Moral courage - Dante Alighieri– Aristotle And Nursing moral practice

Sala Defilippis, Tiziana and Cerutti, Davide (2019) Moral courage - Dante Alighieri– Aristotle And Nursing moral practice. In: UNSPECIFIED.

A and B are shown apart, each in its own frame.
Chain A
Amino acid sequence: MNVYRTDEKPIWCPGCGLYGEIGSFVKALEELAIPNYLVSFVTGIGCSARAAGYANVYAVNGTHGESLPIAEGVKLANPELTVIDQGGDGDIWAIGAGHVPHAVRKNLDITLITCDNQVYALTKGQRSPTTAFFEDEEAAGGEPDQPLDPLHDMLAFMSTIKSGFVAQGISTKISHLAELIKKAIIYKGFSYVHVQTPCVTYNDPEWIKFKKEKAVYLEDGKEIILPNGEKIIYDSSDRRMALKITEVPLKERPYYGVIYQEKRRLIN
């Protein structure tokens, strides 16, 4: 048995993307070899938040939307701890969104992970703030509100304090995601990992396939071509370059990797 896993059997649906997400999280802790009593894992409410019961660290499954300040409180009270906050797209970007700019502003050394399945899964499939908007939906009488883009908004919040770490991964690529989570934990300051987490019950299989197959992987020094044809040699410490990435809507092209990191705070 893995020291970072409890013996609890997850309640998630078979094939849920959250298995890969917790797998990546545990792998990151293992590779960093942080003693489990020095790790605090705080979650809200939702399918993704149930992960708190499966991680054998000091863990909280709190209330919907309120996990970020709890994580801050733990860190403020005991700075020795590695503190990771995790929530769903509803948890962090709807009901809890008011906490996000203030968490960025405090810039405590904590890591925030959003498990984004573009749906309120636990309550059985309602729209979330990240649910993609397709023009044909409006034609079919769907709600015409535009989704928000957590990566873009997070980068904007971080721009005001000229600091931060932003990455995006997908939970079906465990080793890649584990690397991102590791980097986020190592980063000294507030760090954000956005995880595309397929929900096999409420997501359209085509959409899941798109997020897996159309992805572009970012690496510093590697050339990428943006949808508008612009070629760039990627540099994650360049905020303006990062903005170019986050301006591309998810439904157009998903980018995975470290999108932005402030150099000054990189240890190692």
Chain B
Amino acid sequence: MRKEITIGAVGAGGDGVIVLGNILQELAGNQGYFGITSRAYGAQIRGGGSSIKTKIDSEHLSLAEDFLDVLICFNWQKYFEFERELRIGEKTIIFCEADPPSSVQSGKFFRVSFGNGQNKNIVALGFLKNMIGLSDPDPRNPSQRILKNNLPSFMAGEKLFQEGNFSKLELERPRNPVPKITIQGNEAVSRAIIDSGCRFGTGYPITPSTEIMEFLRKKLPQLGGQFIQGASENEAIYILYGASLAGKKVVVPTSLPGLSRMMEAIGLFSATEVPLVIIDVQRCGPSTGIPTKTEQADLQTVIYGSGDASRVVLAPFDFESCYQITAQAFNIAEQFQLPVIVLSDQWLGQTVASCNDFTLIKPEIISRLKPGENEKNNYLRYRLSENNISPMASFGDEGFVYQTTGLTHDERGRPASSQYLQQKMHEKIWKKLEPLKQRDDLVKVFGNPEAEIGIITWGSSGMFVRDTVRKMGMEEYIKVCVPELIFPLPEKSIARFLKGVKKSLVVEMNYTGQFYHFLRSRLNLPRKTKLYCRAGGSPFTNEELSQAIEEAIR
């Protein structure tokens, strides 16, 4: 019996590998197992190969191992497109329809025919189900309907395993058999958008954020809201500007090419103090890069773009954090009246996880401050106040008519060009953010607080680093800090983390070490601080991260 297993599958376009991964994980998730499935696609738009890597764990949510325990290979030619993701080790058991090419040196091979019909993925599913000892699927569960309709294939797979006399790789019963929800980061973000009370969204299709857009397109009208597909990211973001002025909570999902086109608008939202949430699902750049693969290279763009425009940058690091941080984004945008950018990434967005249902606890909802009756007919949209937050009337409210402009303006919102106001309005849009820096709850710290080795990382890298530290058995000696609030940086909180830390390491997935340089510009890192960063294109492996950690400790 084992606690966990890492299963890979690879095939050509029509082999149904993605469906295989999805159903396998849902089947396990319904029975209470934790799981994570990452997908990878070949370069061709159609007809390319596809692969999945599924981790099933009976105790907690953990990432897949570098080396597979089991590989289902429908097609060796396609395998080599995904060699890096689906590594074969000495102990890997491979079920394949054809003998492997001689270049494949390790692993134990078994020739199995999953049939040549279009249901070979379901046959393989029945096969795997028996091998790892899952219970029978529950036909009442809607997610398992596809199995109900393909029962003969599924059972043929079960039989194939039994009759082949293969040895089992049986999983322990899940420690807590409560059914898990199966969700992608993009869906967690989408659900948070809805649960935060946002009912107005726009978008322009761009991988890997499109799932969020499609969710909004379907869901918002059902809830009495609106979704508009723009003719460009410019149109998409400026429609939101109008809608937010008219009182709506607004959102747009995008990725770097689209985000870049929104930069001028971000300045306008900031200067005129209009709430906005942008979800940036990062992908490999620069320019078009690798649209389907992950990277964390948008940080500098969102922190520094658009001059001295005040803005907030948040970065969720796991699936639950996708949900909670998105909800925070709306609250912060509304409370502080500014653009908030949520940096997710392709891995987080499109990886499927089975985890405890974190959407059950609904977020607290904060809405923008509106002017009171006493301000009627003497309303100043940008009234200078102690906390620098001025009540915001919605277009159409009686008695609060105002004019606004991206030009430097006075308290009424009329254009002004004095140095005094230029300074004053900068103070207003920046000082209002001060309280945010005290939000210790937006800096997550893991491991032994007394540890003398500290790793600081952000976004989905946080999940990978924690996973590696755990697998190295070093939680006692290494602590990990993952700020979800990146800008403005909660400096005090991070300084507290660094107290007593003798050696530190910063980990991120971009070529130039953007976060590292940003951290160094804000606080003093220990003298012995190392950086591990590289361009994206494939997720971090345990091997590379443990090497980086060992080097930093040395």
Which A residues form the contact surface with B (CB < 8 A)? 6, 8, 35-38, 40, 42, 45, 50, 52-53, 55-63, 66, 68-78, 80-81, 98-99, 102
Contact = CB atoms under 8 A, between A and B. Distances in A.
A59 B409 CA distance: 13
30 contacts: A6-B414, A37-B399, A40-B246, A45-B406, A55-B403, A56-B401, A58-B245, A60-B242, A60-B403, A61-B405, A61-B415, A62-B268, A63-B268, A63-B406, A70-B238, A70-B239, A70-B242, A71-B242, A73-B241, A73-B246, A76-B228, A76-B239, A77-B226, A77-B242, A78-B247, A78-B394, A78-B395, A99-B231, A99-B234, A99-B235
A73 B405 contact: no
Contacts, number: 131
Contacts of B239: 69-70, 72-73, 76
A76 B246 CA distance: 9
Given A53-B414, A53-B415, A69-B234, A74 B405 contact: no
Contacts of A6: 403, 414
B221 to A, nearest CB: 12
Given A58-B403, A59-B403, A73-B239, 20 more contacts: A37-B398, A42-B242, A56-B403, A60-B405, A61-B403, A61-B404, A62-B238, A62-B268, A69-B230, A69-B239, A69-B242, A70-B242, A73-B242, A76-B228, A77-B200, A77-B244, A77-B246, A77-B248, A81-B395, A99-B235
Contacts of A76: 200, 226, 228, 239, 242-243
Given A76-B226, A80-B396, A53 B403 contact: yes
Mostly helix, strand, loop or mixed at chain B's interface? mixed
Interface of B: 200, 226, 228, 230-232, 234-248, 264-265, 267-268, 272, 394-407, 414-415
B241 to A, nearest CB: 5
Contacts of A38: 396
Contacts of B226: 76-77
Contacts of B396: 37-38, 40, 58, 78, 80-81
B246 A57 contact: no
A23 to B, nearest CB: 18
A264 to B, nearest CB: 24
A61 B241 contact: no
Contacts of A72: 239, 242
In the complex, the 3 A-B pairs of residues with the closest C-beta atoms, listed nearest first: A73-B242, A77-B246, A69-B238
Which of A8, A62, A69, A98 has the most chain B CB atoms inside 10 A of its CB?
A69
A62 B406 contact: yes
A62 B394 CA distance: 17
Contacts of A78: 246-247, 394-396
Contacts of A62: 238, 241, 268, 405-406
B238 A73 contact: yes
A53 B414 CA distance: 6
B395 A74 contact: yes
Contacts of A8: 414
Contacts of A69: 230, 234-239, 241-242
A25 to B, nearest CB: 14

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Recently, in Southern Switzerland, a nurse was arrested as he is suspected of physically and verbally abusing patients in his care and of ending the life of terminally ill patients (Corriere del Ticino, 2019). The nurse had been working on the same ward for more than 20 years. The investigation was started by a report made by a nursing student. Some of the colleagues of the arrested nurse were astonished while others whispered that they were aware that something was wrong with this nurse without specify what was exactly wrong. The investigation is ongoing and the nurse has not been convicted. It could be said that this would not be the first case of misconduct of a healthcare professional as demonstrated in the literature review offered by Yorker et al. (2006). The question arises is why other nurses do not report misconduct though the Cantonal Law for Healthcare Professionals (Legge Sanitaria Act 1986, Art. 68) clearly indicates that healthcare professionals who assist to crime must report it to the Criminal Office. Failing to report leads to persecution. Among several options lack of courage could be an answer. Therefore, this presentation will focus on moral courage and its importance among healthcare professionals. Courage is an ethical virtue in the view of Aristotle. Aristotle identified cowardice and being pusillanimous as vices related to courage. Aristotle partially inspired Dante and his Divine Comedy, where he emphasised the importance of courage and clearly condemned persons who were pusillanimous. The Divine Comedy represents an allegory of human beings’ soul appetites and the way for its salvation. Regardless from the theological important component of the Comedy, Dante is still modern in illustrating us the possible drift of humans’ souls. This presentation aims at offering a deep understanding of the virtue of moral courage and its vices through the help of Dante’s Divine Comedy and Aristotle’s Nicomachean Ethics. This deep understanding could potentially represent the first step for recognising its importance in nursing practice.

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